Limping Hen- Rooster Damage? Any ideas please!

Discussion in 'Emergencies / Diseases / Injuries and Cures' started by eggsrcool, Jan 4, 2010.

  1. eggsrcool

    eggsrcool Sussex Fanatic

    Hi,

    I have a farmyard hen that I noticed was limping this morning. I let them out a few hours later than I normally do. Her back is bare, and there are some feathers missing, so I think it might be rooster damage.

    Thanks for any ideas or suggestions as to how I could go about treating her.
     
  2. revolutionmama

    revolutionmama Chillin' With My Peeps

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    Jun 11, 2008
    CabinInTheWoods
    I have one with the same problem, I was wondering if it was a rooster - but the feathers are all there. It's like half of her can't move.
     
  3. LynneP

    LynneP Chillin' With My Peeps

    The limping hen injured by the rooster should be isolated, do you have a hospital cage for your coop? Dog cage? She probably needs some of this solution a few times daily for inflammation- 1 low dose aspirin (81 mg) crushed with a spoon and dissolved in a litre/quart of water. If she is in a cage you can make this her liquid. If you decide to give separately you'll need a dropper to drizzle along her beak (avoid the nares) so she sips a little each time. She is probably bruised on the back too and this will give her a break and give you a chance to see how fast she recovers. If hse is better in 2-3 days you can probably assume trauma and return her as you see fit. If not, you may have something more serious going on.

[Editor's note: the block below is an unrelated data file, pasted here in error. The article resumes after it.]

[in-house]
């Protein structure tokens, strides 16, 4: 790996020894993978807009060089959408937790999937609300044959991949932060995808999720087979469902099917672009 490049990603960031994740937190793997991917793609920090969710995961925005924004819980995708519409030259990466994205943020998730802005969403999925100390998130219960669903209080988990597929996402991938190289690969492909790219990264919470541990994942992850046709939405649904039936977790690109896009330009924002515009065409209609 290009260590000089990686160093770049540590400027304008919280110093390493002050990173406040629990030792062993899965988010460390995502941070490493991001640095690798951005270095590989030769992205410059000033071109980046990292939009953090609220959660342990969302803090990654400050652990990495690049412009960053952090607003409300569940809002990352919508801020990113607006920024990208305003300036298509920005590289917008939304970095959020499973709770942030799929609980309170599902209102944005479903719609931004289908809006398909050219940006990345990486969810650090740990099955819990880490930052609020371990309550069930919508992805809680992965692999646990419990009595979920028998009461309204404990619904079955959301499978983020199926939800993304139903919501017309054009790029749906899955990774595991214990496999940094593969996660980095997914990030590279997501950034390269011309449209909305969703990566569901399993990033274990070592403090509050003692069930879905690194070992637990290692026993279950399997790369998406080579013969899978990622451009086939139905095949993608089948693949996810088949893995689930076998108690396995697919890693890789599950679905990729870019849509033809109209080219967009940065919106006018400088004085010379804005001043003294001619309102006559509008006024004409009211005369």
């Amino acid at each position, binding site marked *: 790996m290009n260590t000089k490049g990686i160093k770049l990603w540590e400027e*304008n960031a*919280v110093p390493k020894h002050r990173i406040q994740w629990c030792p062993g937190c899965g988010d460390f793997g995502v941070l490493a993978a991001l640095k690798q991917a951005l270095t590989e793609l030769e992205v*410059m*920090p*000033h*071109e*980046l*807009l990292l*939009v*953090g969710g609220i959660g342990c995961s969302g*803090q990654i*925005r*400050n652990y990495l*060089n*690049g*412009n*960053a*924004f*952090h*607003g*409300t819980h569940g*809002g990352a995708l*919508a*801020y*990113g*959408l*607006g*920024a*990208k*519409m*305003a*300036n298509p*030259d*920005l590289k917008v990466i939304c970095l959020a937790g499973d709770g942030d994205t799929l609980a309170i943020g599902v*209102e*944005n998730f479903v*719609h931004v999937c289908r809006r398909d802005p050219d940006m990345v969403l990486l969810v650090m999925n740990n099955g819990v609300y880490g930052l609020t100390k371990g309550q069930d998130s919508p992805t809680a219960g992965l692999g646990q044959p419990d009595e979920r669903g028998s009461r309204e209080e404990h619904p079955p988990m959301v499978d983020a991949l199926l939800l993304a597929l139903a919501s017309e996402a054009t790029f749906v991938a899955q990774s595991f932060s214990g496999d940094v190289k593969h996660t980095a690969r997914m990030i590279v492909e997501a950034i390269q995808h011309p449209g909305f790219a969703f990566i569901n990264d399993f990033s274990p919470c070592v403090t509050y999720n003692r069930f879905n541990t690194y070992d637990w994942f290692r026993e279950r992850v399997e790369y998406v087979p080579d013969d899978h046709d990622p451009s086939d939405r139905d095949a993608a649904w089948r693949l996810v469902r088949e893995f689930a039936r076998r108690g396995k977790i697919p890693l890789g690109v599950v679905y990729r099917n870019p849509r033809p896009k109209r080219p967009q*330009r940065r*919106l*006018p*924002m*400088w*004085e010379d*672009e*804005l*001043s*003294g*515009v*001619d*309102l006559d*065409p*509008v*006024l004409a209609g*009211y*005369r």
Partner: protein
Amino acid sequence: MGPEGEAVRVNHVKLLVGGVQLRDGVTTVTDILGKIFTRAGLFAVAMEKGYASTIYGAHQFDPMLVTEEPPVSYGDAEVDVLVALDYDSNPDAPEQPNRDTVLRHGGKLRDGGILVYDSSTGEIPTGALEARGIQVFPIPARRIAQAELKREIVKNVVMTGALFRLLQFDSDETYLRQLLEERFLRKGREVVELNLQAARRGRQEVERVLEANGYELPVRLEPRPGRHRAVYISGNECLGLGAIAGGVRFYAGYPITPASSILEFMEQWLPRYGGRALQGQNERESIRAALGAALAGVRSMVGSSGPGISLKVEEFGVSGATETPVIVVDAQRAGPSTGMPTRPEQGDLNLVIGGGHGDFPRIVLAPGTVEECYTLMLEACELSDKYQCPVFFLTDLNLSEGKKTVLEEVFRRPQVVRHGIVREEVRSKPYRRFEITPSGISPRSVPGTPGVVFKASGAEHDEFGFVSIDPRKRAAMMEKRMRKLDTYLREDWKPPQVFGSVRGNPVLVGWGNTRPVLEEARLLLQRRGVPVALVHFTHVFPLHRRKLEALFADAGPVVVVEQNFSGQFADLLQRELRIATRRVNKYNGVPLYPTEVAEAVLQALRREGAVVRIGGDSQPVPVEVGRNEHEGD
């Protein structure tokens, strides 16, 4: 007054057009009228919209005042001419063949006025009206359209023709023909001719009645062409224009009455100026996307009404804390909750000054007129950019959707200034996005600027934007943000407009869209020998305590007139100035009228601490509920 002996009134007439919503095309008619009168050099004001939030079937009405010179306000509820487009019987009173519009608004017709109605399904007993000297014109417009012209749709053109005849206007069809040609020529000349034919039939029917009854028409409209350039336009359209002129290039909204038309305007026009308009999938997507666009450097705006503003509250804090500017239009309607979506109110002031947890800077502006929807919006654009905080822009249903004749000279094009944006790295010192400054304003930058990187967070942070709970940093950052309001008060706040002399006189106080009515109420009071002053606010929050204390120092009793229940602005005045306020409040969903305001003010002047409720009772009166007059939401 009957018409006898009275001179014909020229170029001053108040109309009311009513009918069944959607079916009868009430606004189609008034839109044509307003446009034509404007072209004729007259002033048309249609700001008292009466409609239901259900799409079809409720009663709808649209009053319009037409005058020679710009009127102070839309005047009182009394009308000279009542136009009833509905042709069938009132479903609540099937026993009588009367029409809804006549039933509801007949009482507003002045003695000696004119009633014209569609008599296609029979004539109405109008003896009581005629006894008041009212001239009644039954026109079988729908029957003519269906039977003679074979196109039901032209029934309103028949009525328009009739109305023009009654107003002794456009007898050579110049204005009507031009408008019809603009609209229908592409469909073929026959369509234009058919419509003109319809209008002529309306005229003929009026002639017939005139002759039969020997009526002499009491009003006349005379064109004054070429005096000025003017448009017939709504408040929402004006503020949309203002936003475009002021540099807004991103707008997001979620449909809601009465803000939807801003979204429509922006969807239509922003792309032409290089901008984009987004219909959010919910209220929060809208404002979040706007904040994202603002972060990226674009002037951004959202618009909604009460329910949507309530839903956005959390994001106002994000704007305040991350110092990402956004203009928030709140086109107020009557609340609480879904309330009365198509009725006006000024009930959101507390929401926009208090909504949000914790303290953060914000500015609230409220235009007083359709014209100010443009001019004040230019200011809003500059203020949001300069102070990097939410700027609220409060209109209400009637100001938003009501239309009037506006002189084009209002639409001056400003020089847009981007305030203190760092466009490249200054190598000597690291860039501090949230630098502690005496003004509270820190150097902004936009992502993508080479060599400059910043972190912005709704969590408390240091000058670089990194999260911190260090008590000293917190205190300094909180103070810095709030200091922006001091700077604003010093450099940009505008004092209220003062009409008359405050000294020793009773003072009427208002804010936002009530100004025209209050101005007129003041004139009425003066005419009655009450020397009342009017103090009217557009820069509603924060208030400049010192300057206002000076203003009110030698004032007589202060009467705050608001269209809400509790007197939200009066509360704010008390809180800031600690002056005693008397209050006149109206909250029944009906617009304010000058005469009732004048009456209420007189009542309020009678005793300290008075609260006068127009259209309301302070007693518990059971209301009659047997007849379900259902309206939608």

It never hurts to give limping hens a multivitamin, such as baby vitamins (no added iron) in water. The reason is that layers have a high demand for vitamins B, E and especially vitamin D, which coordinates with oyster shell (Ca) to keep bones healthy and to make eggshell. Molting hens have a VERY high need.

    Read here, Incident 04.

    https://www.backyardchickens.com/web/viewblog.php?id=7693-sick-hen

    revolutionmama-As for the other hen, none of the above will hurt her, but it sounds like a more serious situation and she will need isolation, a full exam including for parasites, a nutritional overview before deciding if she needs a vet or more intensive care. Please research Marek's disease, just in case.
     
    Last edited: Jan 4, 2010
  4. eggsrcool

    eggsrcool Sussex Fanatic

    She doesn't seem the correct age to have Mareks, she is probably a year or more.
    I don't have a hospital coop, however tomorrow I will have to see what I can do. I will clean out the houses as well.

    Can you give me any sources of aspirin, because I'm not sure.
    Shall I give her a poultry spice (for moulting hens)?
    I've taken a look at the bottom of her foot, but I think (if I looked at the correct foot), that I saw a yellow spot...

    Thanks for your help.
     

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